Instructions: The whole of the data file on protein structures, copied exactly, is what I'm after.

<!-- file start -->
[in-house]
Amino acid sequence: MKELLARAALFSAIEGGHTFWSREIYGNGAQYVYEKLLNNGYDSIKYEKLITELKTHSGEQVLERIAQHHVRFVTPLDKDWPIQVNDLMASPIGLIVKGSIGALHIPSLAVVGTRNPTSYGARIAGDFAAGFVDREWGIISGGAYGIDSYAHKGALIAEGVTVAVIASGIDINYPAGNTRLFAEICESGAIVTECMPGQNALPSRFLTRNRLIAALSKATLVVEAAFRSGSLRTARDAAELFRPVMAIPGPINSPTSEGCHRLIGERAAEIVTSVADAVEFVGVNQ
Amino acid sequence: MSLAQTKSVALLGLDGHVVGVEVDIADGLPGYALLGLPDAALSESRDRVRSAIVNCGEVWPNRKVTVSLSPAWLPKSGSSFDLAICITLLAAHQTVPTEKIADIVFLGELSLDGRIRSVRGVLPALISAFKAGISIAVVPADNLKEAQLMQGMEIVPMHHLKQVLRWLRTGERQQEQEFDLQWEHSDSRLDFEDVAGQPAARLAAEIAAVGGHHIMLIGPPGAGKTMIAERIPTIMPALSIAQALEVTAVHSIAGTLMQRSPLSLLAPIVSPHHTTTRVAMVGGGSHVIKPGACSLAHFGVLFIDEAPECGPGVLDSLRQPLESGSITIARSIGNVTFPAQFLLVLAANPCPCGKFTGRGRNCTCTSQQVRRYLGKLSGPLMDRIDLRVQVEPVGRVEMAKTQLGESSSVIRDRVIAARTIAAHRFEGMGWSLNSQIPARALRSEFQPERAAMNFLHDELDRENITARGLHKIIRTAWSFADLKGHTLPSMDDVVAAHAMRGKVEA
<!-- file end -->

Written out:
[in-house]
Amino acid sequence: MKELLARAALFSAIEGGHTFWSREIYGNGAQYVYEKLLNNGYDSIKYEKLITELKTHSGEQVLERIAQHHVRFVTPLDKDWPIQVNDLMASPIGLIVKGSIGALHIPSLAVVGTRNPTSYGARIAGDFAAGFVDREWGIISGGAYGIDSYAHKGALIAEGVTVAVIASGIDINYPAGNTRLFAEICESGAIVTECMPGQNALPSRFLTRNRLIAALSKATLVVEAAFRSGSLRTARDAAELFRPVMAIPGPINSPTSEGCHRLIGERAAEIVTSVADAVEFVGVNQ
Amino acid sequence: MSLAQTKSVALLGLDGHVVGVEVDIADGLPGYALLGLPDAALSESRDRVRSAIVNCGEVWPNRKVTVSLSPAWLPKSGSSFDLAICITLLAAHQTVPTEKIADIVFLGELSLDGRIRSVRGVLPALISAFKAGISIAVVPADNLKEAQLMQGMEIVPMHHLKQVLRWLRTGERQQEQEFDLQWEHSDSRLDFEDVAGQPAARLAAEIAAVGGHHIMLIGPPGAGKTMIAERIPTIMPALSIAQALEVTAVHSIAGTLMQRSPLSLLAPIVSPHHTTTRVAMVGGGSHVIKPGACSLAHFGVLFIDEAPECGPGVLDSLRQPLESGSITIARSIGNVTFPAQFLLVLAANPCPCGKFTGRGRNCTCTSQQVRRYLGKLSGPLMDRIDLRVQVEPVGRVEMAKTQLGESSSVIRDRVIAARTIAAHRFEGMGWSLNSQIPARALRSEFQPERAAMNFLHDELDRENITARGLHKIIRTAWSFADLKGHTLPSMDDVVAAHAMRGKVEA